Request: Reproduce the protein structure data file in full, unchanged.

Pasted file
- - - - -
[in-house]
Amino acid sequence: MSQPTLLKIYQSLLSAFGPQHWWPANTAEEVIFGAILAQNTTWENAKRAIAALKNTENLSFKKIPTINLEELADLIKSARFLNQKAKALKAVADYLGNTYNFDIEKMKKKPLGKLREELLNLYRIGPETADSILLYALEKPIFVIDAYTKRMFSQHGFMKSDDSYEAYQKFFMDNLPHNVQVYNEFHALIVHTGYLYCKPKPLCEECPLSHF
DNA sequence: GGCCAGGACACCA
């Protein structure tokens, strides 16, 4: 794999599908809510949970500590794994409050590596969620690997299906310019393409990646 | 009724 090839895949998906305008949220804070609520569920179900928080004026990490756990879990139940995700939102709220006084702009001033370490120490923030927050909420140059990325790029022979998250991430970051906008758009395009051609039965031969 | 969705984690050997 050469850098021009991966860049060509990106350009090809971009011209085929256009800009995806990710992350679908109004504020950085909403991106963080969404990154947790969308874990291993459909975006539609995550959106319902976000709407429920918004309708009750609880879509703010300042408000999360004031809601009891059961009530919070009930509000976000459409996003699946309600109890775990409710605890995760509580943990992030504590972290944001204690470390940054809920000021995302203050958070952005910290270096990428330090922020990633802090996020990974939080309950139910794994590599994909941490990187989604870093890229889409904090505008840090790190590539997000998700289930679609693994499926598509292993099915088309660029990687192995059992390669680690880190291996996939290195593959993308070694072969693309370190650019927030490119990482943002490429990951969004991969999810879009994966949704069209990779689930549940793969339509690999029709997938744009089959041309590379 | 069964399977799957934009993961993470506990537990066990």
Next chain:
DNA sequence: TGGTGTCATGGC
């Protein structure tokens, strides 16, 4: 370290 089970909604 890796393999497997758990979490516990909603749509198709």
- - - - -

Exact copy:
[in-house]
Amino acid sequence: MSQPTLLKIYQSLLSAFGPQHWWPANTAEEVIFGAILAQNTTWENAKRAIAALKNTENLSFKKIPTINLEELADLIKSARFLNQKAKALKAVADYLGNTYNFDIEKMKKKPLGKLREELLNLYRIGPETADSILLYALEKPIFVIDAYTKRMFSQHGFMKSDDSYEAYQKFFMDNLPHNVQVYNEFHALIVHTGYLYCKPKPLCEECPLSHF
DNA sequence: GGCCAGGACACCA
């Protein structure tokens, strides 16, 4: 794999599908809510949970500590794994409050590596969620690997299906310019393409990646 | 009724 090839895949998906305008949220804070609520569920179900928080004026990490756990879990139940995700939102709220006084702009001033370490120490923030927050909420140059990325790029022979998250991430970051906008758009395009051609039965031969 | 969705984690050997 050469850098021009991966860049060509990106350009090809971009011209085929256009800009995806990710992350679908109004504020950085909403991106963080969404990154947790969308874990291993459909975006539609995550959106319902976000709407429920918004309708009750609880879509703010300042408000999360004031809601009891059961009530919070009930509000976000459409996003699946309600109890775990409710605890995760509580943990992030504590972290944001204690470390940054809920000021995302203050958070952005910290270096990428330090922020990633802090996020990974939080309950139910794994590599994909941490990187989604870093890229889409904090505008840090790190590539997000998700289930679609693994499926598509292993099915088309660029990687192995059992390669680690880190291996996939290195593959993308070694072969693309370190650019927030490119990482943002490429990951969004991969999810879009994966949704069209990779689930549940793969339509690999029709997938744009089959041309590379 | 069964399977799957934009993961993470506990537990066990």
Next chain:
DNA sequence: TGGTGTCATGGC
């Protein structure tokens, strides 16, 4: 370290 089970909604 890796393999497997758990979490516990909603749509198709």